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Jul 24, 2002: What are We Going to do Now?

Michael Angeles is burning out and it's made me really upset.

It's not just that I like Michael and don't enjoy seeing a good smart person hit the wall. And it's not that he's begun to find information architecture, my own bread and butter pursuit, boring. No, there's more to it than that: basically, I'm an intellectually lazy person, and Michael's ia slash has been covering my selfish ass for a while.

Michael has been identifying, filtering, excerpting and occasionally commenting on the best stuff from the IA fire hose. He's done it on an almost daily basis for a year or two now. No one should be surprised that such a responsibility would eventually overwhelm anyone who has a job and a family and a life. So let's tip our hats to Michael, send him a note of gratitude, and hope he recharges at the Jersey Shore (though he should beware; I almost died there last year).

In the meantime, how should the IA community go about filling this huge hole? Assuming there aren't more Michael Angeleses out there lining up to take turns with the fire hose, there are a number of models for collaborative news filtering to consider. But first, some questions:

  • Before we consider collaborative filtering, are there other IA sites/services that could fill the gap? Or, possibly, natural combinations of existing ones?
  • Does the IA community exhibit the right characteristics to support collaborative filtering? I'm not sure what those characteristics are frankly, but I suspect they have something to do with age of the community, its size, and the degree of interconnectedness within its social network.
  • Should IA filtering efforts stand alone, or be mixed into a broader, established collaborative filtering project (e.g., Slashdot)?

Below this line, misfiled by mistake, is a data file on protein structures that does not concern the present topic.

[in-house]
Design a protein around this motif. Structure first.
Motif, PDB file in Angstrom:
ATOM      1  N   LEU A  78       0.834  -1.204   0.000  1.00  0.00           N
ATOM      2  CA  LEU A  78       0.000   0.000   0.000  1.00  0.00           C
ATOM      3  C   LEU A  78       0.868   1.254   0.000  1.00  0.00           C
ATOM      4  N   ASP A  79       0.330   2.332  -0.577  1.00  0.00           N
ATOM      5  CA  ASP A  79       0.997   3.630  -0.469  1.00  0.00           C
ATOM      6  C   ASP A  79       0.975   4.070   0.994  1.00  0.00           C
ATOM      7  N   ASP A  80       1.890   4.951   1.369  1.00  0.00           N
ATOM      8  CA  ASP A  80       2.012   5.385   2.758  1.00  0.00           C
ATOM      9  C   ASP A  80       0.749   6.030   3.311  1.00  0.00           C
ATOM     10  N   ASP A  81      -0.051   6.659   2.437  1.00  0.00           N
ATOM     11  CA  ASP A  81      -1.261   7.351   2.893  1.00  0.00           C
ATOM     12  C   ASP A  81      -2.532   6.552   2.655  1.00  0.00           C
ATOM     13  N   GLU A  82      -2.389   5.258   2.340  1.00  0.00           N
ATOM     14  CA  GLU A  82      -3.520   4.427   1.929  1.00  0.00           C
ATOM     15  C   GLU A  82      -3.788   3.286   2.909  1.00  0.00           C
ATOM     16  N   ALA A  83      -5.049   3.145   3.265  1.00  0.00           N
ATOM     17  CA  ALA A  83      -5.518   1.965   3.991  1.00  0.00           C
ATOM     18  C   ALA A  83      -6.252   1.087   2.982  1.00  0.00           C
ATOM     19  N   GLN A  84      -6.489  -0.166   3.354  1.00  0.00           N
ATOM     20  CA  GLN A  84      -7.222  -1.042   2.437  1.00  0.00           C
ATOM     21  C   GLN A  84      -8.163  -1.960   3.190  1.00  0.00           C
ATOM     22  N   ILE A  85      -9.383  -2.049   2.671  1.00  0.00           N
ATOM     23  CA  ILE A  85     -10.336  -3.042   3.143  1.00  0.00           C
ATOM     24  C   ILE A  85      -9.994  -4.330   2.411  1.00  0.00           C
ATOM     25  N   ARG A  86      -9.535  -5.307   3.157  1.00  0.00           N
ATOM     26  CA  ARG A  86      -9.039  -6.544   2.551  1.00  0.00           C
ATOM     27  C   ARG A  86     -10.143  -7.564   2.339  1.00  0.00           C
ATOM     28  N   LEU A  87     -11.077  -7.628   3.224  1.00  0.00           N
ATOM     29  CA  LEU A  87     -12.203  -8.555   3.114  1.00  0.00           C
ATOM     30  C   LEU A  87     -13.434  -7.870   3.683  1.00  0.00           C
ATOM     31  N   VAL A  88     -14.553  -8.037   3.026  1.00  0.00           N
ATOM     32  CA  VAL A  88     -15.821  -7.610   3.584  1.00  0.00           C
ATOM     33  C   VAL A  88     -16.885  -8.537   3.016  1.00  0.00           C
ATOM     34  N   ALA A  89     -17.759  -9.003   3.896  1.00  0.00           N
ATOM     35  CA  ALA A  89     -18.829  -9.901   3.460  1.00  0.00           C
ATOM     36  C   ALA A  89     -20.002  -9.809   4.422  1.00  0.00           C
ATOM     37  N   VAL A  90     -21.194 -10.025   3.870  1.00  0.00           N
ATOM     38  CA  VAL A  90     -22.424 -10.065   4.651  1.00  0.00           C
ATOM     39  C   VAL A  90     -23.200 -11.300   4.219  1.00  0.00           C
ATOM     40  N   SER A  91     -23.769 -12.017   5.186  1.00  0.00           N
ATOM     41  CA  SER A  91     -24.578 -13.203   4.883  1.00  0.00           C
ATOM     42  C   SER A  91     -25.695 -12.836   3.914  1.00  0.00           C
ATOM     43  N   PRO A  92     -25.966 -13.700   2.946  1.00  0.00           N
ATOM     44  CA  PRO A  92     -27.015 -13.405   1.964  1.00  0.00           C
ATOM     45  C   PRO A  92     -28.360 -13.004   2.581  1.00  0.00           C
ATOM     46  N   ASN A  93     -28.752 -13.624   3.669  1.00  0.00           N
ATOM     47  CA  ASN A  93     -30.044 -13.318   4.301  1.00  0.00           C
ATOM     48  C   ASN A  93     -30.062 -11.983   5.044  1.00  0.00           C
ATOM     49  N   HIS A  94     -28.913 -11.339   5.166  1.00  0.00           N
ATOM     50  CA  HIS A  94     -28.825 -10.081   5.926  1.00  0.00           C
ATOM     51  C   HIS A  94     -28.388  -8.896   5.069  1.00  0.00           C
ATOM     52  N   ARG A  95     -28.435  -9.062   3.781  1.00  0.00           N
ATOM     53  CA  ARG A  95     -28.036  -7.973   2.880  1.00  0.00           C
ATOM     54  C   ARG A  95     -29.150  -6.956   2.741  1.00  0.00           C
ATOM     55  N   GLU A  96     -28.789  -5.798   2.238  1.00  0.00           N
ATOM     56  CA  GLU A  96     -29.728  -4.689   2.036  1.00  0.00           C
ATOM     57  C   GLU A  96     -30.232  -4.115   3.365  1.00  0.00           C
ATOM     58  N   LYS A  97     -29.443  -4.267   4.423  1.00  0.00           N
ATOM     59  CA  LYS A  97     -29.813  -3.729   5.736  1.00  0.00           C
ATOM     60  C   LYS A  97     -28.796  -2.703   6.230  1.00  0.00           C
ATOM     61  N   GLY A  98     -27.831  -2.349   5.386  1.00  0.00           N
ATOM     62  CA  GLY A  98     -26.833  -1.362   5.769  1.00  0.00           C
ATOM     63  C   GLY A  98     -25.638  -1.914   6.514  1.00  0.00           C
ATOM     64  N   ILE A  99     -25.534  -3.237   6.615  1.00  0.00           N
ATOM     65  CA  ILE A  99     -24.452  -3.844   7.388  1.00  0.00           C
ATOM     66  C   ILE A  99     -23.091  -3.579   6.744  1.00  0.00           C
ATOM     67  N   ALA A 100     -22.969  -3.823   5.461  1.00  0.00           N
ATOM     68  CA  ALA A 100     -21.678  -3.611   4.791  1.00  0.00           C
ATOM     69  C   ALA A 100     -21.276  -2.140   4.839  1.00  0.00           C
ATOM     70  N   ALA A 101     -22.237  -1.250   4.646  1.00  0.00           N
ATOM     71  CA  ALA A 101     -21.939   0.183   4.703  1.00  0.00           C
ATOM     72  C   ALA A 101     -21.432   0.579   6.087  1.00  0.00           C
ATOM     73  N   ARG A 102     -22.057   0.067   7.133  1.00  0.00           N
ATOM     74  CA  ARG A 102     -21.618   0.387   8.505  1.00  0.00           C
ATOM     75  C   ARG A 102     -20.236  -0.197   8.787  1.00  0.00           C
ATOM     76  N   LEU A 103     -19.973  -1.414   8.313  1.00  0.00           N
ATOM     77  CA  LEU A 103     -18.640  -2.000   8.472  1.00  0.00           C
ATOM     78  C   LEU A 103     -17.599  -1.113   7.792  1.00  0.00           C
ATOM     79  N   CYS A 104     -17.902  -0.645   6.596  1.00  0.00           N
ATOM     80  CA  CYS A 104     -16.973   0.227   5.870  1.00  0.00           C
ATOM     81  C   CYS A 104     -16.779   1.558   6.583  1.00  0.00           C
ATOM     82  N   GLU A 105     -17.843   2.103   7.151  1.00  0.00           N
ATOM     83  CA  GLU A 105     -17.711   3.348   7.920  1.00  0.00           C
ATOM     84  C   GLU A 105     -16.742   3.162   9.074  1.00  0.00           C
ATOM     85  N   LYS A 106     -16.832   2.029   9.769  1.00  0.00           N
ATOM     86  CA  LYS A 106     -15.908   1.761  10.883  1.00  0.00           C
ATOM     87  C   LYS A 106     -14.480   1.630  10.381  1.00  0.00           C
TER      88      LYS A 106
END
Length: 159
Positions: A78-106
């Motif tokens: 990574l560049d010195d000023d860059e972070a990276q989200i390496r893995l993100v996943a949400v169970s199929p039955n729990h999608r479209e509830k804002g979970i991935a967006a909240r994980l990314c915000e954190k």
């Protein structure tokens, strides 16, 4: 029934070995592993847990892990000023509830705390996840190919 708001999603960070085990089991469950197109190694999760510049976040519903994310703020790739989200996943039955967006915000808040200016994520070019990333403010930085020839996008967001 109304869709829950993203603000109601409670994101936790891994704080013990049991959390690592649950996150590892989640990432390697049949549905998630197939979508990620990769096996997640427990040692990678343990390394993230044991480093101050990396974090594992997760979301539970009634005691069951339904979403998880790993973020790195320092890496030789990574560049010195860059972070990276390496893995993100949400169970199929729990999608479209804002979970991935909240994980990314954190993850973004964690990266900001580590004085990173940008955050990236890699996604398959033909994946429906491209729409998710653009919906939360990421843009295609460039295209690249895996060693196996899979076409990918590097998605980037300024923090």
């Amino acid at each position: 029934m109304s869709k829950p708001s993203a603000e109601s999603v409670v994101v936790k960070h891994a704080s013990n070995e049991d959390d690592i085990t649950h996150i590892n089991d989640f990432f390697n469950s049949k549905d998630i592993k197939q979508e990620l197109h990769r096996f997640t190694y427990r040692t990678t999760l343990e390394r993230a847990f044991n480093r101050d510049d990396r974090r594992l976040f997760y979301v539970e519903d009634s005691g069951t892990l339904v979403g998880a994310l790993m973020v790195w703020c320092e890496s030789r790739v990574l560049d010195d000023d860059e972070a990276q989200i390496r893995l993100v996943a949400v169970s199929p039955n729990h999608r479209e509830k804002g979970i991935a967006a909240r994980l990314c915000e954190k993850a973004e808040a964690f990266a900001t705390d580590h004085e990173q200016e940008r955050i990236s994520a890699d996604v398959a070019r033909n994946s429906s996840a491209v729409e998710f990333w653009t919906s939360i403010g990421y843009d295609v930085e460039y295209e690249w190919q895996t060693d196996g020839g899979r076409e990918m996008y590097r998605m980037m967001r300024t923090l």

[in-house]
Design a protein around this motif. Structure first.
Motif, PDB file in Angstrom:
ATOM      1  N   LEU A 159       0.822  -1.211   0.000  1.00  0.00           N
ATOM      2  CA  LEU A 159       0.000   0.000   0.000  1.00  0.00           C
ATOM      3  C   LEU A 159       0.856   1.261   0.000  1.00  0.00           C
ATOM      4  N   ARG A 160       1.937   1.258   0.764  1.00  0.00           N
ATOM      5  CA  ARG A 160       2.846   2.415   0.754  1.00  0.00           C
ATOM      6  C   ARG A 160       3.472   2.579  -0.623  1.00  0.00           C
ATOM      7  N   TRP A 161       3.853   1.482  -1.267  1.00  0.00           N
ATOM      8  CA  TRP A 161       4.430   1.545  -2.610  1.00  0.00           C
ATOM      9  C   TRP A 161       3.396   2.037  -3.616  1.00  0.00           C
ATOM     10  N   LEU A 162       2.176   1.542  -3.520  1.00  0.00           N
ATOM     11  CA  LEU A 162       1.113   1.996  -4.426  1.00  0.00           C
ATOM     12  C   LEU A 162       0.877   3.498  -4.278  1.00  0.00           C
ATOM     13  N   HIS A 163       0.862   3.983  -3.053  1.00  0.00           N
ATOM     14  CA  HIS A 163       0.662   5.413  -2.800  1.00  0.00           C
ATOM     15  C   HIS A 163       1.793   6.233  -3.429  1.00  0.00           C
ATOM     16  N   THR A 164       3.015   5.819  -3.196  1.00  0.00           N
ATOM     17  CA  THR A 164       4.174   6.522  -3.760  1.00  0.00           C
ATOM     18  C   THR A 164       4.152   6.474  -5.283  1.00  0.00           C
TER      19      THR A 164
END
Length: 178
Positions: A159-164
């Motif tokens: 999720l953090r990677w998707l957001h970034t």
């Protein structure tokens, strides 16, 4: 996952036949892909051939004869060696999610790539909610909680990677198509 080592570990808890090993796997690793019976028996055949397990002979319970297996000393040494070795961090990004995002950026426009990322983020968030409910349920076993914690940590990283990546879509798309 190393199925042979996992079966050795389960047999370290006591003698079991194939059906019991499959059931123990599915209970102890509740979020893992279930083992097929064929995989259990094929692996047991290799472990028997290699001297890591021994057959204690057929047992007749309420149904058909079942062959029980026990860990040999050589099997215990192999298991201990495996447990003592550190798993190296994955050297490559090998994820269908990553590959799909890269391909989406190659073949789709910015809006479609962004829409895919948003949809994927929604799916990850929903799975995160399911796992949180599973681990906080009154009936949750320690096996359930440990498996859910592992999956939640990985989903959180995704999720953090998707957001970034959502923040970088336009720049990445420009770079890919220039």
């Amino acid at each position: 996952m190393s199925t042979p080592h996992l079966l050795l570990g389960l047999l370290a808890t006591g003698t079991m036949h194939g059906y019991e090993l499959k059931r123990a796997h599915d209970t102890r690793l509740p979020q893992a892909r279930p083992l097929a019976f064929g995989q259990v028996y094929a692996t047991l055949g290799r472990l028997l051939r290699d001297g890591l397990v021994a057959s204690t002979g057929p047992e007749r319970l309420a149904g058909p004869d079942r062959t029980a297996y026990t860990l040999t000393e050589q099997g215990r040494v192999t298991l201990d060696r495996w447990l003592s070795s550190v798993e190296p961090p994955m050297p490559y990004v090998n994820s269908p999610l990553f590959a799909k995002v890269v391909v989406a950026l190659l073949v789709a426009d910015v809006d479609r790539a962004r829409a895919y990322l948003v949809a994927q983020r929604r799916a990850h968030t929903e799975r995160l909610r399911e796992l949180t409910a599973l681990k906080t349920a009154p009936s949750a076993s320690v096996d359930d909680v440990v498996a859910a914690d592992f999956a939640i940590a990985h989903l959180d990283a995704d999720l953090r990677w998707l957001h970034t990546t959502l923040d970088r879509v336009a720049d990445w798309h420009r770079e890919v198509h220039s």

• Does anybody else feel a great sense of impending doom with the termination/mothballing of ia slash?
  • Does anybody really know what time it is? Does anybody really care?

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Comment: Jess (Jul 24, 2002)

>Does anybody else feel a great sense of impending doom with the termination/mothballing of ia slash?

No. Not really.
>Assuming there aren't more Michael Angeleses out there lining up to take turns with the fire hose

Mostly because this assumption is partly wrong.

While there is no way Mike can be replaced, iaslash should continue chugging along.


Comment: christina (Jul 24, 2002)

Jess is right. it' a damn shame Michael feels burned out, but it happens. Matt Jones has also eschewed carrying on about IA/HCI for awhile. Doens't mean he won't do, or doesn't liek ti, but he can't obsess much longer over it.

iaslash was supposed to be a community site on the slashdot model. perhaps Michaels absence will inspire others to pick up the slack. I hope so...

Comment: Lou (Jul 25, 2002)

Sorry Jess, but I still feel the sense of doom. Jess, Jeff and Andrew will try to spell Michael, but knowing them, I know how busy they are.

And I'm just not that optimistic that others will line up. There seems to be a core group of people that take on these jobs of serving the broader IA community, including Michael, Jess, Jeff, Andrew, Christina... and all of these folks are already way overtaxed. If instead of Jess, Jeff and Andrew, three people who wouldn't have immediately sprung to mind volunteered, then I'd feel much better.

Comment: jefflash (Jul 25, 2002)

We've all been freeloading off Michael for quite some time. Even you, Lou.

I think part of it is that people are not busy right now. Many are out of work, and a good number of those who are employed are not overloaded with projects. There's more of an impetus to learn, share, and grow when you have a goal to work towards or a reason to. I think a lot of people are more concerned with looking for jobs -- or keeping their jobs -- than with anything else.